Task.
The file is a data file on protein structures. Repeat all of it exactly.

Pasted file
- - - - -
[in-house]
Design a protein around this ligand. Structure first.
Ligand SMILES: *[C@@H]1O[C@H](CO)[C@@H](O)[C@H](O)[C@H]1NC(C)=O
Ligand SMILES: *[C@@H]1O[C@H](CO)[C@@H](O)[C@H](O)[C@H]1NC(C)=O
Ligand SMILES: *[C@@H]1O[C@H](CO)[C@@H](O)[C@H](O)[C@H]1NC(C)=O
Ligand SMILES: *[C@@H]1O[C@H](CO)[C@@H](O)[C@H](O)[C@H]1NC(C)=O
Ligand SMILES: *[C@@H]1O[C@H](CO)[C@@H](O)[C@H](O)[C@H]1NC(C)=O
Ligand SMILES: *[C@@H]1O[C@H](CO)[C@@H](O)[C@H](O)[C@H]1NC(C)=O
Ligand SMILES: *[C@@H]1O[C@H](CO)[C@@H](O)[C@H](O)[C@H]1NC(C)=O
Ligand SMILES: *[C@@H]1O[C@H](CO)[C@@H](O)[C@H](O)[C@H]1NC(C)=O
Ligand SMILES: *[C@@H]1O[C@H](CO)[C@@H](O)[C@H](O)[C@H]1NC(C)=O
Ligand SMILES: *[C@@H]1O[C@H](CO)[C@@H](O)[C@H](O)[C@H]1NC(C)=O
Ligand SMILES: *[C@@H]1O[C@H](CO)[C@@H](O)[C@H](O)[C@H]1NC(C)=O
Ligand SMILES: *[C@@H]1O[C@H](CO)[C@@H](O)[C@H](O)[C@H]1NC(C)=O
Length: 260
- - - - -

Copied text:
[in-house]
Design a protein around this ligand. Structure first.
Ligand SMILES: *[C@@H]1O[C@H](CO)[C@@H](O)[C@H](O)[C@H]1NC(C)=O
Ligand SMILES: *[C@@H]1O[C@H](CO)[C@@H](O)[C@H](O)[C@H]1NC(C)=O
Ligand SMILES: *[C@@H]1O[C@H](CO)[C@@H](O)[C@H](O)[C@H]1NC(C)=O
Ligand SMILES: *[C@@H]1O[C@H](CO)[C@@H](O)[C@H](O)[C@H]1NC(C)=O
Ligand SMILES: *[C@@H]1O[C@H](CO)[C@@H](O)[C@H](O)[C@H]1NC(C)=O
Ligand SMILES: *[C@@H]1O[C@H](CO)[C@@H](O)[C@H](O)[C@H]1NC(C)=O
Ligand SMILES: *[C@@H]1O[C@H](CO)[C@@H](O)[C@H](O)[C@H]1NC(C)=O
Ligand SMILES: *[C@@H]1O[C@H](CO)[C@@H](O)[C@H](O)[C@H]1NC(C)=O
Ligand SMILES: *[C@@H]1O[C@H](CO)[C@@H](O)[C@H](O)[C@H]1NC(C)=O
Ligand SMILES: *[C@@H]1O[C@H](CO)[C@@H](O)[C@H](O)[C@H]1NC(C)=O
Ligand SMILES: *[C@@H]1O[C@H](CO)[C@@H](O)[C@H](O)[C@H]1NC(C)=O
Ligand SMILES: *[C@@H]1O[C@H](CO)[C@@H](O)[C@H](O)[C@H]1NC(C)=O
Length: 260